At Wabash College, the department of psychology has a research-instilled experience for all of the psychology majors. Throughout the four years, students move from basic introductory psychology in their first-year to research methods and statistics. In the latter, the students replicate a published study, learn the philosophy of science, gain a further understanding of statistics, and then extend their replicated project. The students must also take at least 2 courses in areas of faculty specialty (e.g. behavioral neuroscience, cognitive psychology). Karen L. Gunther (shown above) expresses that because of the small class sizes in later courses, there is a lot of individual attention.
In the students’ last years, they take research and literature review courses as well as a senior capstone. Psychology students can replicate or produce original research, peer review papers, propose an experiment (possibly leading to a capstone project), and learn the process to ultimately write a 12-page literature review. In addition to this, all of the psychology majors are required to take a year-long directed research project in a faculty member’s lab. This serves as their senior capstone.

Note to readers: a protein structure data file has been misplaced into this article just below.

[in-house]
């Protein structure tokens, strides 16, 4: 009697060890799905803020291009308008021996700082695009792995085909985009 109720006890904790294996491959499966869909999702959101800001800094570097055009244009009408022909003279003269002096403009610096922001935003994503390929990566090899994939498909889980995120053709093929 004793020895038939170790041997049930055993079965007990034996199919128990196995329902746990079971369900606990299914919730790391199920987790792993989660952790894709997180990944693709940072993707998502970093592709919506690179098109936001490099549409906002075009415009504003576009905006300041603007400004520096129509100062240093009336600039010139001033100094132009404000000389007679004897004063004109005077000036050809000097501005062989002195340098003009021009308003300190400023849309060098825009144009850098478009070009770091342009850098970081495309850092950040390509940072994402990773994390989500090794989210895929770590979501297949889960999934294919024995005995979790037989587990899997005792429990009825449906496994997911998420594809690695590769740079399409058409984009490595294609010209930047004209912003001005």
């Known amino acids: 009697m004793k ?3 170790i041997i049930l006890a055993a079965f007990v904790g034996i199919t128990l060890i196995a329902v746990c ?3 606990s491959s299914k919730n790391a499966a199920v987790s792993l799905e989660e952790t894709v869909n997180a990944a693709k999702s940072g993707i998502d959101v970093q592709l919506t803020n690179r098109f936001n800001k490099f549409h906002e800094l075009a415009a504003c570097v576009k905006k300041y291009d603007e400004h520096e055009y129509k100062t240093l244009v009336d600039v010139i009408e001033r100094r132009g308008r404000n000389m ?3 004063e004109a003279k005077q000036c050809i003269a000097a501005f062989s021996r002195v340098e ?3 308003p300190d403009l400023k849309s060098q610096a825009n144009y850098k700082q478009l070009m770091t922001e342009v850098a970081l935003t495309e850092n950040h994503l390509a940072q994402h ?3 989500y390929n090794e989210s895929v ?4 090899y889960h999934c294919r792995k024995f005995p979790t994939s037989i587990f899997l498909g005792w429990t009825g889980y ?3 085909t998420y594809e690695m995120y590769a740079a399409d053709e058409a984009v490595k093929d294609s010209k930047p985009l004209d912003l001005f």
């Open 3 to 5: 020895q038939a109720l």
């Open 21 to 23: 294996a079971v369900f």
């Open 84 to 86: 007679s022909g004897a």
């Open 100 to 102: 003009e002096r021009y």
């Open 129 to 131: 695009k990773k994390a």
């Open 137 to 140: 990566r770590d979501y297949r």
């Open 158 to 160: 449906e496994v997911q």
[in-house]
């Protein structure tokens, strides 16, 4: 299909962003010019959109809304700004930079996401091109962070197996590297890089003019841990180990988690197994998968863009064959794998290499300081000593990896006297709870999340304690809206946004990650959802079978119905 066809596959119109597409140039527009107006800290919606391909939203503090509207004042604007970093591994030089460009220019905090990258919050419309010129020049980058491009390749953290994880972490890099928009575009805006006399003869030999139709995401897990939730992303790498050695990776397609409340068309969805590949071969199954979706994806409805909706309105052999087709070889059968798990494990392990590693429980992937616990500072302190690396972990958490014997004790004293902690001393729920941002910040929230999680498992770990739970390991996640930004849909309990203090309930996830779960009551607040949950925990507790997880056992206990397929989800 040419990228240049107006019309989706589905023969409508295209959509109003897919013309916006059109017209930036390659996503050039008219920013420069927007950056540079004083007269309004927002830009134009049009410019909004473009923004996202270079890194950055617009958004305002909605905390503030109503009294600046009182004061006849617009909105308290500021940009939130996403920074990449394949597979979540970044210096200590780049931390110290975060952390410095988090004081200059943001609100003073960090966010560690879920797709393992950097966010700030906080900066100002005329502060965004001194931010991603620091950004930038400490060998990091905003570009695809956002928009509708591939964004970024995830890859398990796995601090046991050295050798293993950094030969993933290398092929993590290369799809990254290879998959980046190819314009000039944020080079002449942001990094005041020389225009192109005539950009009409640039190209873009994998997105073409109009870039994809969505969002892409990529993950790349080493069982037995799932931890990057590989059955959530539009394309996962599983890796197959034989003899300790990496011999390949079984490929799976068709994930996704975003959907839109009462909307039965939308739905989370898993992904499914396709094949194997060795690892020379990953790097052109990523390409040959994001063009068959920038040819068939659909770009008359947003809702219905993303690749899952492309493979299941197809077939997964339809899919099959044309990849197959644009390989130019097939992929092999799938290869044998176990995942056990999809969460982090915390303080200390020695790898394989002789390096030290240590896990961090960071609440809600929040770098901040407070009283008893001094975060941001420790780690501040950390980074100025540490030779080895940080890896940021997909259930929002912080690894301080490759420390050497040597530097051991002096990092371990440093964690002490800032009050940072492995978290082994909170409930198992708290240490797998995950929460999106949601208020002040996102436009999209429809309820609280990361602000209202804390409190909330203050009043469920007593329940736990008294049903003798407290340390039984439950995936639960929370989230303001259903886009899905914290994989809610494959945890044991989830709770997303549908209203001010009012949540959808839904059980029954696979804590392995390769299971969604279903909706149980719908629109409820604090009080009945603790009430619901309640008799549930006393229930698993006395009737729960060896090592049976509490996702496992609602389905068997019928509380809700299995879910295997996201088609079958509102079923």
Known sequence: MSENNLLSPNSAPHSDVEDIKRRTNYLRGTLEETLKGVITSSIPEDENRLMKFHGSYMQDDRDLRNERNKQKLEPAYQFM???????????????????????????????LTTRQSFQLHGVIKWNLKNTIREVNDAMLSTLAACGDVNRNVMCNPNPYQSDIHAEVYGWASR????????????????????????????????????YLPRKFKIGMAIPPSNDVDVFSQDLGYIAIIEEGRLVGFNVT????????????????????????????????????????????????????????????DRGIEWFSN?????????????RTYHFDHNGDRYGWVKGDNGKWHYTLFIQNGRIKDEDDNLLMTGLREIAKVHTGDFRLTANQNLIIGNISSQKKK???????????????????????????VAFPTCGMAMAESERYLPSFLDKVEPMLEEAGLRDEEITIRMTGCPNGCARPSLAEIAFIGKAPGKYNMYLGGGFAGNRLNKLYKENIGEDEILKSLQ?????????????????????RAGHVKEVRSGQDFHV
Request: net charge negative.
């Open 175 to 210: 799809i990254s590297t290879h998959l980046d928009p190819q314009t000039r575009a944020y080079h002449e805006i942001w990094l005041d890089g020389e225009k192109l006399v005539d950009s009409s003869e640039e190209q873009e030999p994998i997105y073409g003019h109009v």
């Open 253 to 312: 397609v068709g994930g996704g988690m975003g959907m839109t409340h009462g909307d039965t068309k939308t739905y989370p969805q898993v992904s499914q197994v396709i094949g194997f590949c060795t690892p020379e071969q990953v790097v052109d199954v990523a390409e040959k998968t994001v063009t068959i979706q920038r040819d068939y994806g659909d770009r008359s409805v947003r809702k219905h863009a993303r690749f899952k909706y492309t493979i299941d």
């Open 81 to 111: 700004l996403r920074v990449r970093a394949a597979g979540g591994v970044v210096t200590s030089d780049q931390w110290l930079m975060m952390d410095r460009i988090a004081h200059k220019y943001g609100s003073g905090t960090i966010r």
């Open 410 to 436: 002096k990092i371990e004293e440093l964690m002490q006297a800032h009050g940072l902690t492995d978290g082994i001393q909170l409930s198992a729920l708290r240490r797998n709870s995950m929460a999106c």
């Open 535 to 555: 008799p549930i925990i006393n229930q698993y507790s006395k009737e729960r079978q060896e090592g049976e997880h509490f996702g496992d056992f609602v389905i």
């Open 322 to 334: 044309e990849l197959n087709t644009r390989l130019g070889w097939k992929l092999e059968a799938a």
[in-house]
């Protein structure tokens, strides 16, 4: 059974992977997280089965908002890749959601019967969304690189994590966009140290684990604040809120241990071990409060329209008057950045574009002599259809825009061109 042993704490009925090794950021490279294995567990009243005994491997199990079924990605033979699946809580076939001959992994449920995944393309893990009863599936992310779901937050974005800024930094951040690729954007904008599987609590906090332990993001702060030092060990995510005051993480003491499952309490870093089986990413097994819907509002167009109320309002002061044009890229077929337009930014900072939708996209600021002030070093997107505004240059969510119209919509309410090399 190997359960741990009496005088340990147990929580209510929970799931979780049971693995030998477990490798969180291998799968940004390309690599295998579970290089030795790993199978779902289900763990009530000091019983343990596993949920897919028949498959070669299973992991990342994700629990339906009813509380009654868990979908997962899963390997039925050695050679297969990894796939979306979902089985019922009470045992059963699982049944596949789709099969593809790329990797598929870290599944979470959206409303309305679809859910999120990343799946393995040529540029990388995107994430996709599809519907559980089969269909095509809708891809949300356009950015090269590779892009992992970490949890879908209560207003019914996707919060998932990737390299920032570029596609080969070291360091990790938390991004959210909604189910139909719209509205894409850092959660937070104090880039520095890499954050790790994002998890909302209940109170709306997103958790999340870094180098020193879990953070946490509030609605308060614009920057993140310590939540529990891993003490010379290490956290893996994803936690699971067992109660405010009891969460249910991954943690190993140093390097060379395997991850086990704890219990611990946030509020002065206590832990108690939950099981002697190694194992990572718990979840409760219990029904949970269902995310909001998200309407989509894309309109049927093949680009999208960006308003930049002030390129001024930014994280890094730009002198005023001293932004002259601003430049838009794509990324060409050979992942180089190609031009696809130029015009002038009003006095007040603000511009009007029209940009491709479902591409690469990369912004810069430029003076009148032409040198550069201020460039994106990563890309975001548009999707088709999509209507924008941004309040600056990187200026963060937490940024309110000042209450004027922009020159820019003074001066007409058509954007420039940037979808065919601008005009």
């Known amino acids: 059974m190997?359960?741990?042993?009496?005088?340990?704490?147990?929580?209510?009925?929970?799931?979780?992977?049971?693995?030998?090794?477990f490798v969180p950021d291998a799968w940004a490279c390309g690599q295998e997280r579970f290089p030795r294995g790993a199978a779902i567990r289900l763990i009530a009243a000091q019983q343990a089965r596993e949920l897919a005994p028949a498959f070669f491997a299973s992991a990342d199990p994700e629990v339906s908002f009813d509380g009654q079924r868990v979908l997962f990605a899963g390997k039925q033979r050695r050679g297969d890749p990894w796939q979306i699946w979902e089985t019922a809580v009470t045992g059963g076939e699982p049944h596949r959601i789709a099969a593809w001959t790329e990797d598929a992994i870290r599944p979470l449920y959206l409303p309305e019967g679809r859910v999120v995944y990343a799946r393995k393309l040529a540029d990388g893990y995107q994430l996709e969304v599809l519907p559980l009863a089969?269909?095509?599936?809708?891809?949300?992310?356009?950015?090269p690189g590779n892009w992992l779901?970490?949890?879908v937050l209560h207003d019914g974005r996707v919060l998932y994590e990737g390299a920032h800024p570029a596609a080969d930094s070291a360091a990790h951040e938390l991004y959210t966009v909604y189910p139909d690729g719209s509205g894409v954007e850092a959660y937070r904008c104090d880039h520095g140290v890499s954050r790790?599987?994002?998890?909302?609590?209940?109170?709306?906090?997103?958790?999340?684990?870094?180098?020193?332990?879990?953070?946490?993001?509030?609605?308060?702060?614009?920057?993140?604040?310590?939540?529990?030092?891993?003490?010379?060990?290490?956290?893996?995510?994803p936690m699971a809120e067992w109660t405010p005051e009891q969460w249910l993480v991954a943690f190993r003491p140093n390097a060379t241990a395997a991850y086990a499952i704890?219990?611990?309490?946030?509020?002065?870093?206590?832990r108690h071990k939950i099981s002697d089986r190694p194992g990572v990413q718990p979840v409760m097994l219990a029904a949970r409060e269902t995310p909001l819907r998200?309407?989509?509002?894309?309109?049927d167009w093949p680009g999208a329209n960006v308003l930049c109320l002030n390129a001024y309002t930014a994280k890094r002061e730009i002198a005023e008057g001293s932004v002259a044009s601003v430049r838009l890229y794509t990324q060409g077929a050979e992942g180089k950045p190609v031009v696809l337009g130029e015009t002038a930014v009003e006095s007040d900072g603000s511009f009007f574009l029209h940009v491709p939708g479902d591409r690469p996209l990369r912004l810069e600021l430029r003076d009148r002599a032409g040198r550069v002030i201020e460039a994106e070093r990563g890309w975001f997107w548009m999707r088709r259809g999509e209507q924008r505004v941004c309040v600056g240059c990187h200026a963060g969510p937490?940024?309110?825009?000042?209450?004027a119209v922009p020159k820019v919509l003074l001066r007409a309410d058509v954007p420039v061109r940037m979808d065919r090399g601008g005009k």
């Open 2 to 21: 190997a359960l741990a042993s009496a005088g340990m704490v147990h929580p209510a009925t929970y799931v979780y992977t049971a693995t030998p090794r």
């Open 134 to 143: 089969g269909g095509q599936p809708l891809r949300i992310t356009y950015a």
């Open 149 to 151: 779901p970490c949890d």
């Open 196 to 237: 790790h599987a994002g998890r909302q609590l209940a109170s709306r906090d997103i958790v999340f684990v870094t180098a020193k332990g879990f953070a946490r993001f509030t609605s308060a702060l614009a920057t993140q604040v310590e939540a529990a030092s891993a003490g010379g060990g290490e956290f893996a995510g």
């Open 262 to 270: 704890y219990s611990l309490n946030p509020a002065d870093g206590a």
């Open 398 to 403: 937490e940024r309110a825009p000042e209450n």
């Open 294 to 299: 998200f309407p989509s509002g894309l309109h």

Because of PURM’s focus on mentoring, the senior capstone project was very interesting to us. Luckily, we had the pleasure of discussing this topic with Gunther. She talked about how at their college, the research topic is usually from the faculty member’s research program. This has many benefits such as faculty knowing the research and the capabilities of their lab better in addition to a higher change of a publishable product and receiving teaching credits. The clear downside is that students don’t generate the research product from the ground up. However, the faculty is there to help them with preparing IRB requests, research talks, and elevator pitches. Gunther also mentioned that she has weekly meetings with her students as well as an open-door policy where she encourages students to stop by to talk. Some of the final things students will do is an oral presentation at the Mid-America Undergraduate Psychology Research Conference and a poster presentation at an on-campus Psychology Research Symposium.